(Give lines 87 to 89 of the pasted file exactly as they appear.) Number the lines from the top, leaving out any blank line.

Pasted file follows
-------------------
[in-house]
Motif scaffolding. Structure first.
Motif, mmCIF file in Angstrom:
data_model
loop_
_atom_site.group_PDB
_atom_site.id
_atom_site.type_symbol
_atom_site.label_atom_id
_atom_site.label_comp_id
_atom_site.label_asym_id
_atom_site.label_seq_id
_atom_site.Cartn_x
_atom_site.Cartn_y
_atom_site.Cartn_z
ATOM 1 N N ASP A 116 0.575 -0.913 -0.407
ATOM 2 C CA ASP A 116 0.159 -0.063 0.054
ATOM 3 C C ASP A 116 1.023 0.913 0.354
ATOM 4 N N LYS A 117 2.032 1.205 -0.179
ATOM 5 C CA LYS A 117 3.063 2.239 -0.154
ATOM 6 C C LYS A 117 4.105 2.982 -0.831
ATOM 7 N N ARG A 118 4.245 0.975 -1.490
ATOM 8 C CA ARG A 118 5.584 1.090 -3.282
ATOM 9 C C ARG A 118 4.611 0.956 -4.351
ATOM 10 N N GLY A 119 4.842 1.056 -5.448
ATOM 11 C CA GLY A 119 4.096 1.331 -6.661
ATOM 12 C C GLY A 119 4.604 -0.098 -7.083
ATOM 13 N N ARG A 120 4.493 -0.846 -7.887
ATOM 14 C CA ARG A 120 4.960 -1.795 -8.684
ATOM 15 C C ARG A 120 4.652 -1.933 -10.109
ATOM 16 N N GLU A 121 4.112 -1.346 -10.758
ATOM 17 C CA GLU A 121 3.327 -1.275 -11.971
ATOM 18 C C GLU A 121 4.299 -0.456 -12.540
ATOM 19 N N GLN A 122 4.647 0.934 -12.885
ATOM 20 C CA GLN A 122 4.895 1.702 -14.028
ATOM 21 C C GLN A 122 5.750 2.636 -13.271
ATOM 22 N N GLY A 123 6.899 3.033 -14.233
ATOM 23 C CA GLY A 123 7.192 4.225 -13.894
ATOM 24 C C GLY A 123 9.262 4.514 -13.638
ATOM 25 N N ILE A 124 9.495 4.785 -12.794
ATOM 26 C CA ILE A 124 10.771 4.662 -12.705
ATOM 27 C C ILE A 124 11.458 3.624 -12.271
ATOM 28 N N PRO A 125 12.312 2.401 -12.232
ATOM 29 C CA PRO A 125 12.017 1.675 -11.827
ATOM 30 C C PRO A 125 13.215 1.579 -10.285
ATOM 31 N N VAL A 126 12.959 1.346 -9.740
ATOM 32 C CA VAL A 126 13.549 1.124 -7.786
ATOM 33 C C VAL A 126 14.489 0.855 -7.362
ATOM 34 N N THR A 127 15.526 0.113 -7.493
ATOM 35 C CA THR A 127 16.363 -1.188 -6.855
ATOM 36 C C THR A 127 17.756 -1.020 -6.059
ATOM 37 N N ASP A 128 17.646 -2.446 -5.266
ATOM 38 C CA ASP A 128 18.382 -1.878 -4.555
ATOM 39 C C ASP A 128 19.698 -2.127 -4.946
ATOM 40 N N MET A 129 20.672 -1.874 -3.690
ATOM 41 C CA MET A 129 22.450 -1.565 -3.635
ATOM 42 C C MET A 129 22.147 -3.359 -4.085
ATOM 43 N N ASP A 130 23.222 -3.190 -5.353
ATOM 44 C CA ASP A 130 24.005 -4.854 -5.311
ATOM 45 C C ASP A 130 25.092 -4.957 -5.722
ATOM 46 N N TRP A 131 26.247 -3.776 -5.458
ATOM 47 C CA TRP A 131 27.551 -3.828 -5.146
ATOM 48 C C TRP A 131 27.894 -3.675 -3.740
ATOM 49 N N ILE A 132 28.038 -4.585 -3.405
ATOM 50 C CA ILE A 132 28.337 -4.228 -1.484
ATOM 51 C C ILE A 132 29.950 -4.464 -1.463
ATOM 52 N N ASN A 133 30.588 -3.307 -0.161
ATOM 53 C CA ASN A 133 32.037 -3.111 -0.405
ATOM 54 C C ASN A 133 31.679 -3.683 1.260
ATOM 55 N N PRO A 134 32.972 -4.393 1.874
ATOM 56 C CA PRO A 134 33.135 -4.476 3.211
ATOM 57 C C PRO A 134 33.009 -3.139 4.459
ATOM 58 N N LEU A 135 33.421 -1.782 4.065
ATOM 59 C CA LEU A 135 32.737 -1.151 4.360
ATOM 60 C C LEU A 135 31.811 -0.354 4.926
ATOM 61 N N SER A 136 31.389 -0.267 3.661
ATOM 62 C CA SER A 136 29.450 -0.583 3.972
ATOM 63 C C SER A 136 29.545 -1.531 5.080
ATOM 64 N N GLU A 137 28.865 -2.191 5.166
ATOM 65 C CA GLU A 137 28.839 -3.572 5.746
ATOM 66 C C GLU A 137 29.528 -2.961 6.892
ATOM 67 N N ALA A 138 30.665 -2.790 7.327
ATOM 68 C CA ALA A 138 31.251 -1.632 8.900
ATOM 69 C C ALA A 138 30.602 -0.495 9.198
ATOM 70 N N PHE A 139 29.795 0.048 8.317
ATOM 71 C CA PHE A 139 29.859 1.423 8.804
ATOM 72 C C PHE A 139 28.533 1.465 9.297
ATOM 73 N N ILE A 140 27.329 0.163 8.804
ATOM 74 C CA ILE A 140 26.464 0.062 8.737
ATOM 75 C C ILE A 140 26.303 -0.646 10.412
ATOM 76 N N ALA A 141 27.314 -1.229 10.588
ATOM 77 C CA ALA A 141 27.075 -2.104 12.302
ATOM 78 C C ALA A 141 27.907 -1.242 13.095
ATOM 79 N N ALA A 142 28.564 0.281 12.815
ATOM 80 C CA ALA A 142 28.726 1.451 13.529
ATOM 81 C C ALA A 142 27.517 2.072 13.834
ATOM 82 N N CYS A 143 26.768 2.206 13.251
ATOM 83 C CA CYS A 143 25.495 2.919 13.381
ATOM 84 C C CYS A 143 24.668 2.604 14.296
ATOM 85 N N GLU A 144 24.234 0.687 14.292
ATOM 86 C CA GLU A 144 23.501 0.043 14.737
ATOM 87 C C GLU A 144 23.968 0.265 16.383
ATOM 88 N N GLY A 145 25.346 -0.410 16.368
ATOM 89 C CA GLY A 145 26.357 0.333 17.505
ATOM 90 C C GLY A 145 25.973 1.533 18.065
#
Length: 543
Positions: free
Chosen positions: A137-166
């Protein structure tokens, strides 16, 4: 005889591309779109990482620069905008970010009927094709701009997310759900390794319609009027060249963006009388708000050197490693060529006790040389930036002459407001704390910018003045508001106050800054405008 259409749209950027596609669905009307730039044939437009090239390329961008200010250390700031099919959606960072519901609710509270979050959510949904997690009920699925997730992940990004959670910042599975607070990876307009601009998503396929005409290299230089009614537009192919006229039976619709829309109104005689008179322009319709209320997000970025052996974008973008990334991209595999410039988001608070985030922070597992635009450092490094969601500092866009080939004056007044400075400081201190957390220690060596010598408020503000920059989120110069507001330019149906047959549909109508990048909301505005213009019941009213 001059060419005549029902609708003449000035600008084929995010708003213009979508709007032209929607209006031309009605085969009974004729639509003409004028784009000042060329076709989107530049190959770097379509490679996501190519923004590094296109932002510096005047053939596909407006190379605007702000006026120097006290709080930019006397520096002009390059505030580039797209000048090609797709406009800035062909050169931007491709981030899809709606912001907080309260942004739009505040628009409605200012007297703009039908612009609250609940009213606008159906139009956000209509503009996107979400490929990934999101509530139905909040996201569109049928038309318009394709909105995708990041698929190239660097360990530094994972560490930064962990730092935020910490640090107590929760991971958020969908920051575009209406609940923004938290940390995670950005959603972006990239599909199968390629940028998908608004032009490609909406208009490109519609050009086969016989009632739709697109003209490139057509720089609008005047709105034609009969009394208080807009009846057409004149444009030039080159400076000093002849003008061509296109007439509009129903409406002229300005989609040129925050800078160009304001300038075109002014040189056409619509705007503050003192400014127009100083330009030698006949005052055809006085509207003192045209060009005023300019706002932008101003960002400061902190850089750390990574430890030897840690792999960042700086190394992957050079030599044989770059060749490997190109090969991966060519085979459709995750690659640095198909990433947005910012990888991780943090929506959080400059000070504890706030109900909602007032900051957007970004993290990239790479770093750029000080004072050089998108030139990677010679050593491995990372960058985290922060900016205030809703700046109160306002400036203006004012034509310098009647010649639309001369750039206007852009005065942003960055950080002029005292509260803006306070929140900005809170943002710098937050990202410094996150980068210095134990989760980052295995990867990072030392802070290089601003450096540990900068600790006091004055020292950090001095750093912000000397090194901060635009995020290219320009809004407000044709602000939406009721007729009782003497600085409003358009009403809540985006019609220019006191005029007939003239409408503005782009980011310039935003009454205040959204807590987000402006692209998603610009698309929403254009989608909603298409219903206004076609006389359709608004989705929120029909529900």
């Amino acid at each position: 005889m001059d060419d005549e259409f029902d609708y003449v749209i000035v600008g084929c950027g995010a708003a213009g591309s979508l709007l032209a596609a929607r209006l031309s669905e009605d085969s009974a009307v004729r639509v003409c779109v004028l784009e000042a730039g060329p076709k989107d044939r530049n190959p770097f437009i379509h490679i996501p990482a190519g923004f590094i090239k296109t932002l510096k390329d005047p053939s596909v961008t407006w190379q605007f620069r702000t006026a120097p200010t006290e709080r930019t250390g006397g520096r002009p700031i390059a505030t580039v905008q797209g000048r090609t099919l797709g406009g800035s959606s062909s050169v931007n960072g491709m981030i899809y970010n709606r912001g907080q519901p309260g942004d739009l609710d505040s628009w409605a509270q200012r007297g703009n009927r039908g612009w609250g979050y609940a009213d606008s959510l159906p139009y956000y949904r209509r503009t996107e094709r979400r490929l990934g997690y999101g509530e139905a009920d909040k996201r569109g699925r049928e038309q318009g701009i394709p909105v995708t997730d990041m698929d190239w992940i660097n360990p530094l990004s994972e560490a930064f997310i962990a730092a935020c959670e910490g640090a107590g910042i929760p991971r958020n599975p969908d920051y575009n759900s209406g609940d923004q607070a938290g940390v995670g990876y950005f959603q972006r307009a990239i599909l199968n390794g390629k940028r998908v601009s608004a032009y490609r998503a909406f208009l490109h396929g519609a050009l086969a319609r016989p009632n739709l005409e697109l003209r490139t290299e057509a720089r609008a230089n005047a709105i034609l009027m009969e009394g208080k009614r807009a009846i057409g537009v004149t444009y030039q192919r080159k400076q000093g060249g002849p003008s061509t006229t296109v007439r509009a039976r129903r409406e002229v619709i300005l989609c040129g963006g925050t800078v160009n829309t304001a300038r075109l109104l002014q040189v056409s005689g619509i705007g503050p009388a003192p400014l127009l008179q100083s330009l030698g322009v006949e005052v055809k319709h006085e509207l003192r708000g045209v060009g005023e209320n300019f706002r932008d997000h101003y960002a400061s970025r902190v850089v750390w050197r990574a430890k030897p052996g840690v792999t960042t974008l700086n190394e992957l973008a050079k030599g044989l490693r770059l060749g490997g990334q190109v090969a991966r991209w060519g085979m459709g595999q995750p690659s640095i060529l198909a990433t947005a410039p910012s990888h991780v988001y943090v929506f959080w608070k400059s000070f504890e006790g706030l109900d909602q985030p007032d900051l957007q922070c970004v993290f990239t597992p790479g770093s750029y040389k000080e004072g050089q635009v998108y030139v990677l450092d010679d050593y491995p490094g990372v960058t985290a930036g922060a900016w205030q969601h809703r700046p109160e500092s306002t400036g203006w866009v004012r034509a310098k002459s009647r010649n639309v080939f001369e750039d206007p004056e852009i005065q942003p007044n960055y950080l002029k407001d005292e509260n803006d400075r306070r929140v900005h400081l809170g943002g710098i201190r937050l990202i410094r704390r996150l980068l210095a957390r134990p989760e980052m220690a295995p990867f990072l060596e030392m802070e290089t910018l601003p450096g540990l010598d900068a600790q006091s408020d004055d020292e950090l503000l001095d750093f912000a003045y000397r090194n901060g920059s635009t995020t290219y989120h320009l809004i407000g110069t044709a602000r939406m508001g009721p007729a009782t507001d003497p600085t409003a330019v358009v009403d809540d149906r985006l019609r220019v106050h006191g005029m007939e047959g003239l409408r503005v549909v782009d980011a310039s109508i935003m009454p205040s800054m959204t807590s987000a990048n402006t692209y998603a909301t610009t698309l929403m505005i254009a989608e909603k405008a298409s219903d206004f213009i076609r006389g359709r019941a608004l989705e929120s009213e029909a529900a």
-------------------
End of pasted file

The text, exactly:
ATOM 72 C C PHE A 139 28.533 1.465 9.297
ATOM 73 N N ILE A 140 27.329 0.163 8.804
ATOM 74 C CA ILE A 140 26.464 0.062 8.737